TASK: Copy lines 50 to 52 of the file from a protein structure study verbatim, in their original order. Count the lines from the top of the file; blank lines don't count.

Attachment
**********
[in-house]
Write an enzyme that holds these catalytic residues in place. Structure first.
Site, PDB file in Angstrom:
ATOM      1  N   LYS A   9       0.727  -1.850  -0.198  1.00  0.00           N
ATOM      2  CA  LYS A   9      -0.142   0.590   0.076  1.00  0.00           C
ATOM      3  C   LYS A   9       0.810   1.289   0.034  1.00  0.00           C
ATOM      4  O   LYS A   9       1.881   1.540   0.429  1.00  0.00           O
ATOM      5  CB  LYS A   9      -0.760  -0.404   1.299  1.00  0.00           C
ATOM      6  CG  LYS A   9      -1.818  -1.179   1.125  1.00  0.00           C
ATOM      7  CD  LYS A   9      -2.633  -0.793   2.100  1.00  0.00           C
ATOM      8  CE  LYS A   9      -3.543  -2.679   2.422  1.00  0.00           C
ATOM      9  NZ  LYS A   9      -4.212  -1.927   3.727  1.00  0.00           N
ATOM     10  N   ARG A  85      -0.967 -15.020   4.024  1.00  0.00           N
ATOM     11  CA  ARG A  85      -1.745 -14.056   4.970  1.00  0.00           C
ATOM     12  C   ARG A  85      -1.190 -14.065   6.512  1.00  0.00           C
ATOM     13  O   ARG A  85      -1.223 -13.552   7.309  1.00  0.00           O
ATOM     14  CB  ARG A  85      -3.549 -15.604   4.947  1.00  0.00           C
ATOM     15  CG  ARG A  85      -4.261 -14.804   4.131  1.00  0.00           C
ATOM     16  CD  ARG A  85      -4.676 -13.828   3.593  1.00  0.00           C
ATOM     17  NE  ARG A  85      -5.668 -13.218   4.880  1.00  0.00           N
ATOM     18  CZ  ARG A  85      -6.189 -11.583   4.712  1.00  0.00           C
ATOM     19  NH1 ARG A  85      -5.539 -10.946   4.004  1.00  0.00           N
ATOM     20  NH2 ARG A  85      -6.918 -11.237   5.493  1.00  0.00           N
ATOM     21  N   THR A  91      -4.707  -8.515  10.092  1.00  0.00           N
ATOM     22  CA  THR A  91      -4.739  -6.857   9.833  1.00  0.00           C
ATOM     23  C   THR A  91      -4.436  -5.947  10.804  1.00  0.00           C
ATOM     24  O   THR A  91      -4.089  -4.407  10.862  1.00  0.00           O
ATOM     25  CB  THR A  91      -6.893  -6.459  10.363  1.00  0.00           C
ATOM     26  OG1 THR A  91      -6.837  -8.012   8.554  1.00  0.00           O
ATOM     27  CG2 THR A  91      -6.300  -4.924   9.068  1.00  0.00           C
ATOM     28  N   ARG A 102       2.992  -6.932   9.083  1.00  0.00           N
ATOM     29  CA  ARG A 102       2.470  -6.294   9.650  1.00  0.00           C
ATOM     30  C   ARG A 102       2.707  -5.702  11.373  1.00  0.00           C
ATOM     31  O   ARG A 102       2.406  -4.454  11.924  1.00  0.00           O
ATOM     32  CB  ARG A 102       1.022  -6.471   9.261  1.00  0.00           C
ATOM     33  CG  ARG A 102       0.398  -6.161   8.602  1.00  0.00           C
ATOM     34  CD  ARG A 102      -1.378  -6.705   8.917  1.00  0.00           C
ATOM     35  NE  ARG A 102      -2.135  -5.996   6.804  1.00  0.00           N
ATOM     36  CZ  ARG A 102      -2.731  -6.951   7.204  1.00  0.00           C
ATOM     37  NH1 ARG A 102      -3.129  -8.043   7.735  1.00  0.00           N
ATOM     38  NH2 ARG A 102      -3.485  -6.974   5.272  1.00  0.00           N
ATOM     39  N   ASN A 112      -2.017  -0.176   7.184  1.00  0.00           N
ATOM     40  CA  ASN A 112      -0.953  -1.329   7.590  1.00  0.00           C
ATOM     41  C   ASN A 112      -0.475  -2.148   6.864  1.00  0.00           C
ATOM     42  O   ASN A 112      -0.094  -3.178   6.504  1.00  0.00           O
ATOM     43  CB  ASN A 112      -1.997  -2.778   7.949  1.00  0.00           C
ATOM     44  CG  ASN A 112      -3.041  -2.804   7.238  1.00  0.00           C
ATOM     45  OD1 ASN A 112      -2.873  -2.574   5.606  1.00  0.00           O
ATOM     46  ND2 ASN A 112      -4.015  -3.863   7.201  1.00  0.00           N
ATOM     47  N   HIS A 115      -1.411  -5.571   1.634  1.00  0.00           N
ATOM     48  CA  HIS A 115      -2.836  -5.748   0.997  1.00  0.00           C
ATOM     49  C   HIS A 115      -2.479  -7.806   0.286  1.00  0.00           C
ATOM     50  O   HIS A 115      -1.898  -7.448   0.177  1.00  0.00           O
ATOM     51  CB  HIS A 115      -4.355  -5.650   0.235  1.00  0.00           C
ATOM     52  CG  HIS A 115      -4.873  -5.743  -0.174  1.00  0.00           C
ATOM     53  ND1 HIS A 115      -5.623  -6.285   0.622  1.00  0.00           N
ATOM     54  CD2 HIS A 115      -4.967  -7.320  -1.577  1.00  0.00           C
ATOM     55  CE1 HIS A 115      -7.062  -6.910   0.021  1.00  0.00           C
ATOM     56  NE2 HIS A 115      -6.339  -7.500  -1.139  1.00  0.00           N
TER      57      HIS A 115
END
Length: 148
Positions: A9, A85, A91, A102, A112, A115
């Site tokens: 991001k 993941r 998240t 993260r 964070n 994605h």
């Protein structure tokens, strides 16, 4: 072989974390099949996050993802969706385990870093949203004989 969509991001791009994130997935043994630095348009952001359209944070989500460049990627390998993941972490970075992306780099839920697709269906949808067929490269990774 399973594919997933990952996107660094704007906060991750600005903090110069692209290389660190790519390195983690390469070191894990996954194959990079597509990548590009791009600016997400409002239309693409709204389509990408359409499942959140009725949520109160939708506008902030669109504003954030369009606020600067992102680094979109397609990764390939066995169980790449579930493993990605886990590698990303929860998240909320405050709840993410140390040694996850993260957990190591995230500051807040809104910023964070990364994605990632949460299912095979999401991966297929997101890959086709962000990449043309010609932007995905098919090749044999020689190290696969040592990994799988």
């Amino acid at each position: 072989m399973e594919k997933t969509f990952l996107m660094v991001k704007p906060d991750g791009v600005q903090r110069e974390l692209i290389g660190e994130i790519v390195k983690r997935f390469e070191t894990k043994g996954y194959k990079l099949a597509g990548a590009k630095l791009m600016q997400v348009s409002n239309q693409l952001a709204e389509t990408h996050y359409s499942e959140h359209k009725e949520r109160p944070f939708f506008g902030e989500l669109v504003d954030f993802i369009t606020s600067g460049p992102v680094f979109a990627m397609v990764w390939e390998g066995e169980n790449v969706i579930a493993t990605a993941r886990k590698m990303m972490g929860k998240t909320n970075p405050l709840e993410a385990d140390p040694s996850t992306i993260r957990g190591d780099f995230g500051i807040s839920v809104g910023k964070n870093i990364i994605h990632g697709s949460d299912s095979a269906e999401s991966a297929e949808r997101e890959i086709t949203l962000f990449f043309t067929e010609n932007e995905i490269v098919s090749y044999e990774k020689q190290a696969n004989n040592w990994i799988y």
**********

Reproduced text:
ATOM     47  N   HIS A 115      -1.411  -5.571   1.634  1.00  0.00           N
ATOM     48  CA  HIS A 115      -2.836  -5.748   0.997  1.00  0.00           C
ATOM     49  C   HIS A 115      -2.479  -7.806   0.286  1.00  0.00           C